The #1 Mistake Women Make When it Comes to Weight Loss
02 Jun 2016

The #1 Mistake Women Make When it Comes to Weight Loss

One of the biggest mistakes women make when they start to gain weight is to cut calories. Often dramatically!

Unfortunately, this approach can quickly backfire.

Significantly cutting calories will result in weight loss in the short-term, but often it’s at the expense of your muscle mass and metabolism.  If you skimp on protein, you lose muscle mass. If you skimp on good carbs, you can lose both body fat and muscle. If you skimp on calories overall, cortisol levels rise which encourages more weight gain.

When you factor in the estrogen/progesterone imbalance that begins around age 40, it’s a recipe for pure frustration!

Here are a few tips to help you maintain muscle and keep your metabolic furnace burning:

No breakfast skipping! This is a hotly debated topic and some recent research shows that it might not be as important as once thought to eat within 30 minutes of getting up. You don’t necessarily need a big meal to start your day, but do try to include some protein. A smoothie or shake with protein works great if you can’t handle more food first thing in the morning or are crunched for time. Eating protein helps keep you away from the vending machines mid-morning!Aim for 20 gm of protein and 30 grams of good carbs.

Eat more frequent meals. I recommend that my clients eat at least two snacks daily with 15 gm of protein and a healthy amount of fiber in addition to their regular meals. High protein snack ideas include: Greek yogurt, almonds, smoked salmon, apples with almond butter, raw veggies with hummus. Protein bars can be a good solution for on-the-go eating; however some are loaded with added sugar. Look for brands that have less than 5 gm of sugar. Note: this approach may not be the best approach for people with elevated insulin levels.

Balance your carbs. Super-low carb diets are effective for weight loss in the short term, but are hard to sustain in the long run.  Carbs are important for energy and keeping them balanced means you’re less likely to binge on the next sweet treat that comes your way.

Some studies also suggest that very low carb (VLC) diets (<20% of calories from carbs) may lower T3 levels (the active form of thyroid hormone) or decrease the conversion of T4 to T3. If you begin having thyroid symptoms while eating a VLC diet, consider adding more carbs.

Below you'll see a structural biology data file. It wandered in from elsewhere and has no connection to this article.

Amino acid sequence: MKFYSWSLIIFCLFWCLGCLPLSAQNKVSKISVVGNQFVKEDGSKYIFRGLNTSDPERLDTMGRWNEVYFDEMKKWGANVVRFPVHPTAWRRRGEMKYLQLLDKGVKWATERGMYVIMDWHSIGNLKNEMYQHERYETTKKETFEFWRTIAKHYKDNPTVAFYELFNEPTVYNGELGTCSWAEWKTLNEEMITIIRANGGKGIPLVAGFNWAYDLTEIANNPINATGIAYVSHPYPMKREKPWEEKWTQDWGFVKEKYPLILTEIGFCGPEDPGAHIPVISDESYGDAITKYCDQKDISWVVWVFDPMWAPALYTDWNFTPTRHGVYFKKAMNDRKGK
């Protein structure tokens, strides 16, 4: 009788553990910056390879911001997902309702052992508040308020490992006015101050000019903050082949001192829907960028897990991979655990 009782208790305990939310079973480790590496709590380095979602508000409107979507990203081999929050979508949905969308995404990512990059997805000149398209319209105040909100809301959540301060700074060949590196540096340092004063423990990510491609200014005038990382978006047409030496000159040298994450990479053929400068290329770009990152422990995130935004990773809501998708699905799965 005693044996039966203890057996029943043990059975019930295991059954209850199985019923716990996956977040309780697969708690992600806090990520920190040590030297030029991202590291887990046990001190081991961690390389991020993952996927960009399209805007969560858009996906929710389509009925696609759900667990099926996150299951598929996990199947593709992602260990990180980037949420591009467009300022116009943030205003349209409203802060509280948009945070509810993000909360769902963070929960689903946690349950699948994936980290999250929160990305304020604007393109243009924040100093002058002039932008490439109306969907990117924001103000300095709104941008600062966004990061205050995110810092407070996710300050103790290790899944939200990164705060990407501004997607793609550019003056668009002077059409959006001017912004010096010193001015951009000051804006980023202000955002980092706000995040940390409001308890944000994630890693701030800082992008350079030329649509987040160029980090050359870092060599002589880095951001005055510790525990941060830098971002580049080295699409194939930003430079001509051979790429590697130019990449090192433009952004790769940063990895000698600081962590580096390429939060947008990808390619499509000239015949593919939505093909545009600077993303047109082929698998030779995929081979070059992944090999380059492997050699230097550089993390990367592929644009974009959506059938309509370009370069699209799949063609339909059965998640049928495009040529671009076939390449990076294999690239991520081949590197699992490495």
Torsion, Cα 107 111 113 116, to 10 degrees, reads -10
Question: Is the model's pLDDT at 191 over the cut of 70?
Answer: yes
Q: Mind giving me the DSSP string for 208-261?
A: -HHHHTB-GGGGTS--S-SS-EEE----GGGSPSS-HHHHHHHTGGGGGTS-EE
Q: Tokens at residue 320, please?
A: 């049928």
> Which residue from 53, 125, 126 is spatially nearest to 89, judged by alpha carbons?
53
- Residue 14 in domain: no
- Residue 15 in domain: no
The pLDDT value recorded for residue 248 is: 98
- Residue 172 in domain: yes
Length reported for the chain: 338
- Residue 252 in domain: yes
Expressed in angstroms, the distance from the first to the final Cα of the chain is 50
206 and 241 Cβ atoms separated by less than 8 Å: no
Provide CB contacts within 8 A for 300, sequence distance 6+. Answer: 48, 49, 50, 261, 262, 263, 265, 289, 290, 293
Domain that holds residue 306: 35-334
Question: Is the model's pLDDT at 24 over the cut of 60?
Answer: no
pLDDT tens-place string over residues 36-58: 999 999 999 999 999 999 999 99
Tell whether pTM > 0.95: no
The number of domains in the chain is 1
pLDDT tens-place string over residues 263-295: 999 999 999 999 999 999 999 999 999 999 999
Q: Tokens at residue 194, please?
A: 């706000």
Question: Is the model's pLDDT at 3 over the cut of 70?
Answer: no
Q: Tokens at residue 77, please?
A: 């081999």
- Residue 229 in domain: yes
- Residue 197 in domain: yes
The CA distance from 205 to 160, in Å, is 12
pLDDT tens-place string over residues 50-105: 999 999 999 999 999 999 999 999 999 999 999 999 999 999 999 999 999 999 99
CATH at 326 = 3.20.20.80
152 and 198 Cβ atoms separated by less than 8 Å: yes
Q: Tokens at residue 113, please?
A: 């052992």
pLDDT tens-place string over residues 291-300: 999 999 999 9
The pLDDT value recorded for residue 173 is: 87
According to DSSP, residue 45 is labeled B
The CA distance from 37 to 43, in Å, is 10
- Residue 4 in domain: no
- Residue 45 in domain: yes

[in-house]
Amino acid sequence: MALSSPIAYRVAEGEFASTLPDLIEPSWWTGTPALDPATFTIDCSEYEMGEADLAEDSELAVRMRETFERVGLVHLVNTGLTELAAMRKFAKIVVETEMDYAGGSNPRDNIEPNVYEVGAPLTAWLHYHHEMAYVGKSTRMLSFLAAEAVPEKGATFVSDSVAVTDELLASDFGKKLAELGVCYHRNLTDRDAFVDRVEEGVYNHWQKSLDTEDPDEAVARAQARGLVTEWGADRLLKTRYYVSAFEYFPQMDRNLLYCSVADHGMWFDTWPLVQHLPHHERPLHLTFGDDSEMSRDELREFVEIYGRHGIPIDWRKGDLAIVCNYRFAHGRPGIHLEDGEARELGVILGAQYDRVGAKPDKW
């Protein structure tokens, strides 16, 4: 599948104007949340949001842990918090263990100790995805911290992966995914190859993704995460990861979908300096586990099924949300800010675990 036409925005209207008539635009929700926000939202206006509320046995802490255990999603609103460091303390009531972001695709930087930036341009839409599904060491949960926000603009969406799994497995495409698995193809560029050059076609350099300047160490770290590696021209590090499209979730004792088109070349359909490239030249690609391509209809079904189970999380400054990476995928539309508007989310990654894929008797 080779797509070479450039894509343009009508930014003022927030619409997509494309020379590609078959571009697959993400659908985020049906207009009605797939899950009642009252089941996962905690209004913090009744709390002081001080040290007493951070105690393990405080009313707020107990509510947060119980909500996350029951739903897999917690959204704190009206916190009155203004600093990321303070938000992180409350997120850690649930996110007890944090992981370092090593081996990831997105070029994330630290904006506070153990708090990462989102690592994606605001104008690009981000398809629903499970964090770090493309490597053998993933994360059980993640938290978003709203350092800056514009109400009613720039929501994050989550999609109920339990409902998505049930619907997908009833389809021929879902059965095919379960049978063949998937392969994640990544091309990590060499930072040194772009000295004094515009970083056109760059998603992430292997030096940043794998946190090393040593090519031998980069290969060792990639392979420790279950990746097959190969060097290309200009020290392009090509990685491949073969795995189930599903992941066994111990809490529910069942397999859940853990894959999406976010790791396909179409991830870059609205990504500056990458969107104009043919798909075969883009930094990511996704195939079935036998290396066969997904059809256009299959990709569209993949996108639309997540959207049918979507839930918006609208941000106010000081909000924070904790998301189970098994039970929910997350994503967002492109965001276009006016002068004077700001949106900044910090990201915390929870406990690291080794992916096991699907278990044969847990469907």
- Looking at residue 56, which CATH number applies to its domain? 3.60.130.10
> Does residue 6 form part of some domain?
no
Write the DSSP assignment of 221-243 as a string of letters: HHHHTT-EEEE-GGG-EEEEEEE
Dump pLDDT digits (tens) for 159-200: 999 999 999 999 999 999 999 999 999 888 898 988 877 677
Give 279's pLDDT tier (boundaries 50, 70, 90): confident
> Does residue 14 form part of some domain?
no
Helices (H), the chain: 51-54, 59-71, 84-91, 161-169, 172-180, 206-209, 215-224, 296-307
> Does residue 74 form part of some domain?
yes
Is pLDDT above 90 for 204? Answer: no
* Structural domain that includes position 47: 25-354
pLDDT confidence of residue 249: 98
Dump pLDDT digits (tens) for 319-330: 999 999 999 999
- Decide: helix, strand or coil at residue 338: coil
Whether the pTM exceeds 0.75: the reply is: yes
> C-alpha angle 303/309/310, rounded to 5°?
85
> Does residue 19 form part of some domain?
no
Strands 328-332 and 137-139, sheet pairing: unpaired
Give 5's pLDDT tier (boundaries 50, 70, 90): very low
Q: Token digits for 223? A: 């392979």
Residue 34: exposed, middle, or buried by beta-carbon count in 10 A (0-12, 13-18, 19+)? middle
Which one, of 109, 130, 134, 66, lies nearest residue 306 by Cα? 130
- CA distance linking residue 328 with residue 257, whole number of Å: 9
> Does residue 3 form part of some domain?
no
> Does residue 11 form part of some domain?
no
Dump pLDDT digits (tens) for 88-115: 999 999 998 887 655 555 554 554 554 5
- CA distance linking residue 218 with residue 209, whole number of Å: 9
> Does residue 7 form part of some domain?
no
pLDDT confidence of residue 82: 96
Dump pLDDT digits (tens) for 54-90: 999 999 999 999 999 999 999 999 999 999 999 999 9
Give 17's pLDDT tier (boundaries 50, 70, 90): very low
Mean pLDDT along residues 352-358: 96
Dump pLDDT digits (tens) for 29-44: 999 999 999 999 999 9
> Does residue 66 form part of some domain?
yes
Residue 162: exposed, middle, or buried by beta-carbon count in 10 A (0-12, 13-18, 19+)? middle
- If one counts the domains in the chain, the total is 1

I recommend getting carbs from low glycemic index, unprocessed sources like root vegetables, sweet potatoes, steel-cut oatmeal, quinoa, black beans and other complex sources.

Know your basal metabolic rate (the number of calories you need to live) and make sure you eat at least that on a daily basis. If you are active, you need more than this. Dropping below this number can decrease your metabolism, increase cortisol levels and cause your body to burn muscle as a fuel source. You can calculate your basal metabolic rate using the link below.

Add weight training into your exercise routine. Muscle burns more calories and this also helps maintain bone health. Two days a week is all you need to see the benefits.

No access to a gym? There are plenty of exercises you can do using your body weight. Go here to find a list of 50.

Tweet: Two days a week of weight training is all you need to see the benefits.

Want to turn your body into a fat-burning furnace? Check out my Lose Fat over 40 program! We’re starting again on June 12. Click here for all the details.

Dr. Anna Garrett is a menopause expert and Doctor of Pharmacy. She helps women who are struggling with symptoms of perimenopause and menopause find natural hormone balancing solutions so they can rock their mojo through midlife and beyond. Her clients would tell you that her real gift is helping them reclaim parts of themselves they thought were gone forever.

Find out more about working with her at

Dr. Anna Garrett

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